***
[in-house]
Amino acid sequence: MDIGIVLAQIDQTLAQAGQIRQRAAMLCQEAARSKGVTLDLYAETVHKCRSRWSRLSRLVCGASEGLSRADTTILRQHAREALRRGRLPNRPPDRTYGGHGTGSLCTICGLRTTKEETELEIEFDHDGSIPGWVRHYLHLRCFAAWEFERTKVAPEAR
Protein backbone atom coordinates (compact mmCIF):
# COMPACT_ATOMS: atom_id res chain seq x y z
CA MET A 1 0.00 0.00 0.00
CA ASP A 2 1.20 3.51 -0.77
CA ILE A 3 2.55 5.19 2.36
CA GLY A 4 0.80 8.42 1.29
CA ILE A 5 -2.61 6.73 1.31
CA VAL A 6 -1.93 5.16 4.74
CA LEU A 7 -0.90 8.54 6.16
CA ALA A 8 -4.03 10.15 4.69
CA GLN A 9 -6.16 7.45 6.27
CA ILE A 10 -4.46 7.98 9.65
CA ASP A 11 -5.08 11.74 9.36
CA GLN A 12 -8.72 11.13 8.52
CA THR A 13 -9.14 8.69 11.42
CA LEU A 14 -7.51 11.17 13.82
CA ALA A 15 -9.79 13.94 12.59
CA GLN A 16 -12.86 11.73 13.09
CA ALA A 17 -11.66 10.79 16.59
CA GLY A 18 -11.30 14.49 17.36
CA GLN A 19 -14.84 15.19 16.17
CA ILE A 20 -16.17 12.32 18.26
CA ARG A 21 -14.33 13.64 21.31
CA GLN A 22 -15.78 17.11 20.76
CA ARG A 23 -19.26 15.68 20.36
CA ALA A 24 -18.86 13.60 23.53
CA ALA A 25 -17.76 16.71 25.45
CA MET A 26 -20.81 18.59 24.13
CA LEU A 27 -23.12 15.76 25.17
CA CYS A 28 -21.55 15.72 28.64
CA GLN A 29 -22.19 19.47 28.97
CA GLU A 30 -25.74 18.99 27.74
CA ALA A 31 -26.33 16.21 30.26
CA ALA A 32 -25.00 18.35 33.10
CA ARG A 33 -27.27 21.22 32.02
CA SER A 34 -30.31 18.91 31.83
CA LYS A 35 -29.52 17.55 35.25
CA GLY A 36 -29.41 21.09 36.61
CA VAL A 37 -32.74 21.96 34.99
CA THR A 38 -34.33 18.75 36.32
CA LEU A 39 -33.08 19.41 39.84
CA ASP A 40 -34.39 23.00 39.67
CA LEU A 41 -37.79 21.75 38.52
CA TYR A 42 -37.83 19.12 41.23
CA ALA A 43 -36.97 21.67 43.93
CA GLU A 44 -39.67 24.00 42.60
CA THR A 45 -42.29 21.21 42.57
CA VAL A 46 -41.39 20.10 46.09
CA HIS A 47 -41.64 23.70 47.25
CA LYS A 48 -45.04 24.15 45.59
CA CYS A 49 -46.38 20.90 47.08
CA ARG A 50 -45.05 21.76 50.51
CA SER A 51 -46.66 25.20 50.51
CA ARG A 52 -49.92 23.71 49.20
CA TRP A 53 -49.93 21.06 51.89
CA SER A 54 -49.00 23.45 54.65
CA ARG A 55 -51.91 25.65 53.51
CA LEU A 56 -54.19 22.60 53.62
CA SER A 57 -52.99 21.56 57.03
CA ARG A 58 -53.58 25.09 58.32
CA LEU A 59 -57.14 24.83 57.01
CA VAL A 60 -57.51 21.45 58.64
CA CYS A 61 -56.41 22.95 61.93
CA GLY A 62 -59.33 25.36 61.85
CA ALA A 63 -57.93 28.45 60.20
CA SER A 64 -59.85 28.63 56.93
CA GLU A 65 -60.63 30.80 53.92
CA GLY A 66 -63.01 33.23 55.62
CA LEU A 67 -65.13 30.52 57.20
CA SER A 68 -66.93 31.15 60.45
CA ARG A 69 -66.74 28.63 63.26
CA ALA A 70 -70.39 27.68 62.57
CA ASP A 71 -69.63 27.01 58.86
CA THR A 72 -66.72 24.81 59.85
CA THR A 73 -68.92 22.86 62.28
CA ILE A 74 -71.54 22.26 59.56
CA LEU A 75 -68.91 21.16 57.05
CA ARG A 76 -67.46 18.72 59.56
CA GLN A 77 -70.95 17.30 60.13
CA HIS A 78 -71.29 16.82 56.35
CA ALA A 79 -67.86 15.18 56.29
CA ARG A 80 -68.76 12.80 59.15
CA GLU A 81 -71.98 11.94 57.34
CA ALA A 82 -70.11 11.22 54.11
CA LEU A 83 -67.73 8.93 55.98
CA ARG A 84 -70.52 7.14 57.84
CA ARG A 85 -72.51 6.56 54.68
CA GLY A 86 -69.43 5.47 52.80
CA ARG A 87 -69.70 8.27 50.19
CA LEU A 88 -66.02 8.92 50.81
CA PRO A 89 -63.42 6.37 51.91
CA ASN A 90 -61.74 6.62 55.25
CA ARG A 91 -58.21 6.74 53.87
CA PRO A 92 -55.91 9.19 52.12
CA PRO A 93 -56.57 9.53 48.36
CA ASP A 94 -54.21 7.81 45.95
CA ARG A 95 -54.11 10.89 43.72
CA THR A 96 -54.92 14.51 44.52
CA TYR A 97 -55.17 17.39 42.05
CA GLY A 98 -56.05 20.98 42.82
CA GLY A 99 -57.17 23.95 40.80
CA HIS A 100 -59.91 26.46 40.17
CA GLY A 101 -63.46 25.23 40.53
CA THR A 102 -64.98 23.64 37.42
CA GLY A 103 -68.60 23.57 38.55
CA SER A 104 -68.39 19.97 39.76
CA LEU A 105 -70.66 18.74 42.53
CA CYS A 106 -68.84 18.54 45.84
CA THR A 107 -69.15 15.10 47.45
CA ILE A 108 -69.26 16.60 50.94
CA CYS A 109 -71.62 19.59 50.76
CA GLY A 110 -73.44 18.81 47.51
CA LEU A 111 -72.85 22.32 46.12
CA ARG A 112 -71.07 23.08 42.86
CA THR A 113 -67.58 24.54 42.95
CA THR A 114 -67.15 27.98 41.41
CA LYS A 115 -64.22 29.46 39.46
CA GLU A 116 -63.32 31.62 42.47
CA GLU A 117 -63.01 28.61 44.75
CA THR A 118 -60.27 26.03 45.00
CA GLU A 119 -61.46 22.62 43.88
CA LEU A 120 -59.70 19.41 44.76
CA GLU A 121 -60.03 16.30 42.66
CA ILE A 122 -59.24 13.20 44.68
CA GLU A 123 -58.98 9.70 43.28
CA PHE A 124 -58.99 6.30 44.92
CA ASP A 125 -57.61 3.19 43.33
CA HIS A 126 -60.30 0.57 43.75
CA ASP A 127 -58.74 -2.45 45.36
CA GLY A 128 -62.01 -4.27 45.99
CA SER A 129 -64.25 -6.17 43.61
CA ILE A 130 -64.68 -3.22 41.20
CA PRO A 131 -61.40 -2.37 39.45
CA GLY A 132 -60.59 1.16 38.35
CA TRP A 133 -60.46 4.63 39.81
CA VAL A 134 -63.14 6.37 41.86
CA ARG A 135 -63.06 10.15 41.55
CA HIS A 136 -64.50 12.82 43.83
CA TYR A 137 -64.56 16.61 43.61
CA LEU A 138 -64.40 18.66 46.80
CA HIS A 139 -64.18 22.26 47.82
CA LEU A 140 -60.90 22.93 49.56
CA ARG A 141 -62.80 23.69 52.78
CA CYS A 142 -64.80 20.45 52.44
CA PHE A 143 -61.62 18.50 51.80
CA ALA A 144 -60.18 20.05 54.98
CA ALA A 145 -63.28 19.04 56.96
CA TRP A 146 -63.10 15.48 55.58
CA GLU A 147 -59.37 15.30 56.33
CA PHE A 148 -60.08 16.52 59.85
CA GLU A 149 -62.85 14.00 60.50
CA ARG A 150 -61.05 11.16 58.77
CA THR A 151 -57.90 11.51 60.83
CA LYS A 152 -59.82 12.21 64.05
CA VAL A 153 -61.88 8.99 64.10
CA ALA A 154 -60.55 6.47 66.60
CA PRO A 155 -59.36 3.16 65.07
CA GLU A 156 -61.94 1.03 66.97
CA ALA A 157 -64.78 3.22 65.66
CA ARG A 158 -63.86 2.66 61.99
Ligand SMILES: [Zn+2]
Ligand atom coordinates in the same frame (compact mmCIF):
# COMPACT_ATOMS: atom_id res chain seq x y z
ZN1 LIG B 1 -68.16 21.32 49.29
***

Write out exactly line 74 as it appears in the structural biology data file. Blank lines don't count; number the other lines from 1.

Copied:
CA ALA A 70 -70.39 27.68 62.57